100 square meters camouflage net, nylon thread
San Javier, 2008
In the project Camouflage, I covered the tool shed of the Almansa Park in San Javier with a camouflage net.
The net covered the shed with the aim to make it go unnoticed in the park setting, and also to make it similar to the park's natural vegetation.
The idea is that this shed should cheat the surrounding nature, to have an advantage and try not to be found and destroyed. This work deals with the opposition between what man has built and the natural world, referring to the ancient struggle between order and chaos.
Parks could be considered as human creations, they turn out to be artificial creations attempting to imitate the natural environment: they are a kind of domesticated and tidy nature, with auxiliary components (such as benches, fountains, paths...) that make them more comfortable and more liable to be visited. In a sense, these human traces keep a precarious balance with nature’s normal course.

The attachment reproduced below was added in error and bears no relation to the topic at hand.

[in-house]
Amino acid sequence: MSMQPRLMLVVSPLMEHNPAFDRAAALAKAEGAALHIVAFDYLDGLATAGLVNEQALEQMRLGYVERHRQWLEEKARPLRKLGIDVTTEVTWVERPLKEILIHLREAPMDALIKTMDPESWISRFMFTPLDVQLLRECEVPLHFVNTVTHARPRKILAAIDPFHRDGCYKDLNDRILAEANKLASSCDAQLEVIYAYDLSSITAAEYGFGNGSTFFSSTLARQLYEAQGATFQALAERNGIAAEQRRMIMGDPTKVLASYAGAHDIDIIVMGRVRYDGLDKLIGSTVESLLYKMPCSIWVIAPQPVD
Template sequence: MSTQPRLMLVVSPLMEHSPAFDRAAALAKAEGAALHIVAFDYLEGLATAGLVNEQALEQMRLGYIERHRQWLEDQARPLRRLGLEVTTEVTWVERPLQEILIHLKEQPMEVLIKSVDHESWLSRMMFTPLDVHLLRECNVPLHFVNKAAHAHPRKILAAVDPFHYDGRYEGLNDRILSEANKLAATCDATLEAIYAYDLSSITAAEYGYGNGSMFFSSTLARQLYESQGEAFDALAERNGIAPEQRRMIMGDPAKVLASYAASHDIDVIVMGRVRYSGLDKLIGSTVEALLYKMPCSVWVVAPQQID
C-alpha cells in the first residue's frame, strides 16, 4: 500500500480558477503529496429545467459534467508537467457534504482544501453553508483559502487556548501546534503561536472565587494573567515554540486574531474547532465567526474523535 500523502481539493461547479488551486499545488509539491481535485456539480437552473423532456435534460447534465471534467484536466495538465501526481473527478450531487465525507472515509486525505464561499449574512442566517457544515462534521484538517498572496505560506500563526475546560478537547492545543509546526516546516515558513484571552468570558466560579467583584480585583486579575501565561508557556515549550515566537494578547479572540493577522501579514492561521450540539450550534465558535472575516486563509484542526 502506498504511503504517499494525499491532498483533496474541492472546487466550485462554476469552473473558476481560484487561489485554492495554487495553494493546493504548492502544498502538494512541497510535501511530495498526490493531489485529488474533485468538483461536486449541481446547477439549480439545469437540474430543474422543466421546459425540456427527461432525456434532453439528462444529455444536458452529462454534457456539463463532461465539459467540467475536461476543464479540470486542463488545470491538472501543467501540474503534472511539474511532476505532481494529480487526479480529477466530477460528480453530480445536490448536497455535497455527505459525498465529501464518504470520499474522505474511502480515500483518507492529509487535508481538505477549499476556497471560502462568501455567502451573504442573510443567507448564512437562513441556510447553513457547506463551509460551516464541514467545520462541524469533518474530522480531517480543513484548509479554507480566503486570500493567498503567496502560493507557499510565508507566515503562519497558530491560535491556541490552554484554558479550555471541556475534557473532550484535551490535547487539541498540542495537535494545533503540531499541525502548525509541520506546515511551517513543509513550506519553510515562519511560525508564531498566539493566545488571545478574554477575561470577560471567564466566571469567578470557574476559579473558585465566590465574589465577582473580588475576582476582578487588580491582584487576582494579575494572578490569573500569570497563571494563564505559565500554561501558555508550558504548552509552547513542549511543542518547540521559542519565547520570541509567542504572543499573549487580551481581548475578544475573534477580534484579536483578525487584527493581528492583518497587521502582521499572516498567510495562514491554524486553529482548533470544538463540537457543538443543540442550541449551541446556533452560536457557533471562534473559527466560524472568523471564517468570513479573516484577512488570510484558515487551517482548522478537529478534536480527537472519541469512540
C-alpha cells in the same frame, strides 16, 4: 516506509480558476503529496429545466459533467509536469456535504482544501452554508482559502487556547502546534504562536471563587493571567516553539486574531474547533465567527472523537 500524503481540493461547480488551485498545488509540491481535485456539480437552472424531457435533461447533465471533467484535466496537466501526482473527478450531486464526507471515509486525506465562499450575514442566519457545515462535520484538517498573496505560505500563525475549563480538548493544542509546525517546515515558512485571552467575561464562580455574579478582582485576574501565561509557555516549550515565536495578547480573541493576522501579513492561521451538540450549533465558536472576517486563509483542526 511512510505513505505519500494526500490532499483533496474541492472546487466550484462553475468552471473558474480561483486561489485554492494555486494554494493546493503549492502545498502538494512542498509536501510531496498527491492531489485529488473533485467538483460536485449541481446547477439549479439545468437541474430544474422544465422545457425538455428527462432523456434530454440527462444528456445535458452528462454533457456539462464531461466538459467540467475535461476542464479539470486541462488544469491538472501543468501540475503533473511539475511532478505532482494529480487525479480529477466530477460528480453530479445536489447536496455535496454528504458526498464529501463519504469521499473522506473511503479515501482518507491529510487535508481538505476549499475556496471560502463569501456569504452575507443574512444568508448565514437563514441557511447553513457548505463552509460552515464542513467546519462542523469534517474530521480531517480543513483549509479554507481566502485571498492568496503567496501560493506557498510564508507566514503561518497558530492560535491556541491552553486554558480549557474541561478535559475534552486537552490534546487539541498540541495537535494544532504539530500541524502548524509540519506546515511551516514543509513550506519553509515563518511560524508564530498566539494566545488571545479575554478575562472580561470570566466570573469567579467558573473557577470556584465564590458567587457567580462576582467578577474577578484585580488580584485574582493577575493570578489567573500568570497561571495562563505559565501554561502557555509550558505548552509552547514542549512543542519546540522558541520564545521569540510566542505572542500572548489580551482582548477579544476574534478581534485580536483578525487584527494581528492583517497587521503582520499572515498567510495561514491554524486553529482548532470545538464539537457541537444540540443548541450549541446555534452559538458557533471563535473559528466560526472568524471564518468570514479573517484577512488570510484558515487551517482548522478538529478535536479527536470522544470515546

Without a group of people in charge of the park maintenance (maintaining it as it is desired to be, that is, liable to be visited), nature would claim its place, gradually taking over everything, like in the story of Julio
Cortázar "House Taken Over": a shrub rooted in a crack, a seed on the roof of the shed, a bee setting up a beehive, mosquitoes, rats, birds... and the return to the wild, to Nature.
Since these days the only way to enjoy green spaces consists of going to parks and gardens, the camouflage net becomes a necessary prosthesis that fills the view of the natural environment in the Almansa Park. And so, the shed slips unnoticed from building traces and its maintenance.
Al least, this work deals with reality and appearance. We might wonder if green spaces are no more than camouflage for urban life or, on the contrary, the town camouflages the original natural scenery, buried under the foundations.
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